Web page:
In view of the considerable economic and social importance of European coasts, as well as the increasing need to manage and safely exploit the marine environment, it is vital to establish the long-term role and development of prodeltas. The main objective of the EURODELTA Concerted Action is to pool existing geomorphological, geophysical, stratigraphic, sedimentological, and oceanographic data related to prodelta formation during the recent past. The resulting data will be used to determine the future research urgently required to understand how modern Mediterranean and Black Sea prodeltas (Figure 1) have evolved, how vital they are to the long-term stability of coastal regions, and how they could be managed, in a such a way as to sustain economic activities and the natural environment.

Prodelta is defined here as: shelf areas offshore river mouth that are characterised by significant mud accumulation below storm wave base (Figure 2).


Major mediterranean deltas
Prodelta scheme
Figure 1. Major delta systems at the northern margin of the Mediterranean Sea and the Black Sea

Figure 2. Delta - prodelta scheme

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Prodeltas are large, shallow-marine features that are typical of the coastal margins of the Mediterranean and Black Seas. Much data on the origin and growth of prodeltas already exists, but this has never been properly evaluated and synthesised, so that it is difficult to establish their full importance, and to predict how they might alter in the future. This could be vital for the long-term success of coastal management plans. Because of their location (offshore but adjacent to and influenced by deltaic and coastal systems) prodeltas represent a crucial link in our understanding of the short- and long-term interactions between fluviodeltaic and marine sedimentation processes. Prodeltas are extremely important for the long-term stability of sites of human settlement, economic endeavours and amenities throughout the Mediterranean coastal belt. Modern prodeltas represent the subaqueous counterpart of deltaic systems and are typically made up of fine-grained deposits that have accumulated at varying sedimentation rates (up to 10 cm/yr). Late-Holocene prodeltas are ubiquitous on Mediterranean and Black Sea margins where they accumulated (and prograded seaward) since the attainment of the modern sea-level highstand, about 5,500 calendar years ago. Prodeltas typically reach their maximum thickness offshore major deltas and represent:

  • a stratigraphic and historical archive of short-term environmental changes and human impacts affecting the adjacent river catchments, coastlines and shelves
  • a preferential sink for river-borne fine-grained deposits that contain high concentrations of pollutants and carbon compounds derived from human activities
  • an area of potential sediment instability, deformation and failure, as has been demonstrated recently for the Central Adriatic and the Nice coast (COntinantal slope STAbility project)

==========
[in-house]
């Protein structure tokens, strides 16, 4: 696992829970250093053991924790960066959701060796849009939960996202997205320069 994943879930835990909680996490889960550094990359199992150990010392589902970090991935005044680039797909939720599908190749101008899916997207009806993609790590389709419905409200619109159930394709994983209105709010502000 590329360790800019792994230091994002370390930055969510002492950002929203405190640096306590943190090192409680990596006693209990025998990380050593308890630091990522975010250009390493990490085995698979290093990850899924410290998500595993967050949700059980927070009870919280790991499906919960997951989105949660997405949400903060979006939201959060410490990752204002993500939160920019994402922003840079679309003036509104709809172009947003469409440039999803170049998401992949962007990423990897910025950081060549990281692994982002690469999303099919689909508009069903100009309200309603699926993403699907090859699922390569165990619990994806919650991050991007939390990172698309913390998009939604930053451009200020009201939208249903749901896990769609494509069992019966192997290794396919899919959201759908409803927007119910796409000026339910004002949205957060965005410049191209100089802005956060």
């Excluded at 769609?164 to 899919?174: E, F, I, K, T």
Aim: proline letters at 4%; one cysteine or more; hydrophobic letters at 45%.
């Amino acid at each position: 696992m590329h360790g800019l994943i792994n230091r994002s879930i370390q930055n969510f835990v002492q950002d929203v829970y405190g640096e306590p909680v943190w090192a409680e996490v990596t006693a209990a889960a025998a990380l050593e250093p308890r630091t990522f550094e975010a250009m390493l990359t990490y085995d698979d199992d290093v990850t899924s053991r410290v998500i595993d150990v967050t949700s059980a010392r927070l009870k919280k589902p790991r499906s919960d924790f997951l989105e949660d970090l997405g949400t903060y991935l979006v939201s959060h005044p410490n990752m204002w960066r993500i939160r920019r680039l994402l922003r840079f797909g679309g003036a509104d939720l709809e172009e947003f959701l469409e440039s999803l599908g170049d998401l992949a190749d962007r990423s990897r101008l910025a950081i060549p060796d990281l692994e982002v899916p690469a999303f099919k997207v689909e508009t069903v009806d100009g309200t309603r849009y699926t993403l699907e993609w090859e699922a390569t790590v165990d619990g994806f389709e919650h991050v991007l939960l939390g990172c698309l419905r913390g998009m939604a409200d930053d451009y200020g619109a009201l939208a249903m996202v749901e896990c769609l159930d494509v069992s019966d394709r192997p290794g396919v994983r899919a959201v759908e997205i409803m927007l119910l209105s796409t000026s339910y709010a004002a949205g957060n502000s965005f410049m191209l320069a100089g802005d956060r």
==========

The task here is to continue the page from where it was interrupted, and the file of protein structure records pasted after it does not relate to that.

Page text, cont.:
Understanding the evolution of, and significance of, prodeltas will require a major, inter-disciplinary and international co-operative effort, since an extensive range of geological and environmental factors (e.g. subsidence, sediment compaction, wave erosion, flood deposition, landslides) will no doubt have played a role in their formation, in addition to the fluviodeltaic and marine sedimentary processes already alluded to.

The immediate aims of the EURODELTA Concerted Action are to define and quantify:

  • the impact of known recent depositional events (e.g. exceptional river floods) on prodeltas;
  • how water-mass circulation relates to shear stress changes on the sea floor and to the growth of prograding clinoforms which characterise prodeltas;
  • the relationships between prodelta growth and short-term (century-scale) changes in river supply brought about by, for example, climate changes or local human impacts;
  • the link between catchment-based records on land and the pattern of shelf sedimentation and nutrient flux in prodeltas over the time period concerned;
  • how prodeltas have evolved and, in particular, how major phases of delta construction relate to episodes of increased river discharge,
  • the sediment budgets during the period of the modern high sea-level stand, to establish temporal and spatial changes in the rates and patterns of sediment accumulation during the last 5,500 years, and, more especially, during the last few hundred years;
  • the detailed architecture of prodeltas, and of distinctive units of sediment accumulation.

The construction of forecast models will provide best-estimate scenarios of future shoreline and prodelta growth and stability, taking into account historical trends and the effects of the extensive regulation that now prevails within the Mediterranean watershed.

Last update 05. October 2009